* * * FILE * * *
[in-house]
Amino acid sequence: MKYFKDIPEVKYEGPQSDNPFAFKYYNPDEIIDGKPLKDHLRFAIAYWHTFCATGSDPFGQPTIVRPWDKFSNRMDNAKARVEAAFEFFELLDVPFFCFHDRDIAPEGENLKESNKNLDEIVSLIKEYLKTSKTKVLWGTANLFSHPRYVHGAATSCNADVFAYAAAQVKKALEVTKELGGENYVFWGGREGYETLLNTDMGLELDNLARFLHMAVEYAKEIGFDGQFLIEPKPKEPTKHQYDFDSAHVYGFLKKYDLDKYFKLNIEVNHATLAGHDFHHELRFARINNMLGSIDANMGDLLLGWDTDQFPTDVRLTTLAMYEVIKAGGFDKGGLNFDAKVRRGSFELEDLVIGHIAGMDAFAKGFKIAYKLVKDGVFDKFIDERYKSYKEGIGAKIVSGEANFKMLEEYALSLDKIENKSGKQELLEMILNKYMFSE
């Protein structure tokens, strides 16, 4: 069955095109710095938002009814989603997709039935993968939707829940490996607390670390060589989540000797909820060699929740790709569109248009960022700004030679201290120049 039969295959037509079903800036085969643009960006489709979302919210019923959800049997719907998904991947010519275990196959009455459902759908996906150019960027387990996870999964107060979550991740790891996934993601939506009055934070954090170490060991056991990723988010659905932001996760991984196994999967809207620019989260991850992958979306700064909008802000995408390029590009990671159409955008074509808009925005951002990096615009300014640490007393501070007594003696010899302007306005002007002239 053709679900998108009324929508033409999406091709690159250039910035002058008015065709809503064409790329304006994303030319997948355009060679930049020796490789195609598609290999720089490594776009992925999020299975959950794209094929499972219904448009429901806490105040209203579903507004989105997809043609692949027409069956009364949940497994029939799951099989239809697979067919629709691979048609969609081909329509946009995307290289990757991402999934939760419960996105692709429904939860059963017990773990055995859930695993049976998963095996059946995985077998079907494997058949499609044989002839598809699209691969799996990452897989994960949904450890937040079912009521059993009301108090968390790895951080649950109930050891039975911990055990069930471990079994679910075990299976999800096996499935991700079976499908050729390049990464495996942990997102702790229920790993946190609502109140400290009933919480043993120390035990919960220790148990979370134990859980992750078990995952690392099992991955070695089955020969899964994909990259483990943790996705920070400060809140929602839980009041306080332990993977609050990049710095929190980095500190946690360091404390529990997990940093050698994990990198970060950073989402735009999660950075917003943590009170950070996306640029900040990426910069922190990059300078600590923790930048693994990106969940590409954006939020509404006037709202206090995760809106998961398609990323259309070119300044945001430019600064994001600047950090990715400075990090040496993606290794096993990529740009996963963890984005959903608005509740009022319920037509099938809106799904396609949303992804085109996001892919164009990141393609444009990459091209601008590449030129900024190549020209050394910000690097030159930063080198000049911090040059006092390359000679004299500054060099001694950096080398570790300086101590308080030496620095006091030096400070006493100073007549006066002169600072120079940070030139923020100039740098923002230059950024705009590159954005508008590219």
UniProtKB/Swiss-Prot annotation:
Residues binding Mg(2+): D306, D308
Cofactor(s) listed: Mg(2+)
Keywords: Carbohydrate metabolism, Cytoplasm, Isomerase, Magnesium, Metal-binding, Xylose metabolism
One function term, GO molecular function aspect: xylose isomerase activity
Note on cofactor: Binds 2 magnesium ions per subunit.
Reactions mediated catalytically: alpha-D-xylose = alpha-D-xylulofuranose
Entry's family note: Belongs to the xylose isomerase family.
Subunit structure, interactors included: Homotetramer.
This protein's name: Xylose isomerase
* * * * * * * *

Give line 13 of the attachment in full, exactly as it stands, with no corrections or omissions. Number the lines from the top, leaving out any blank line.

This protein's name: Xylose isomerase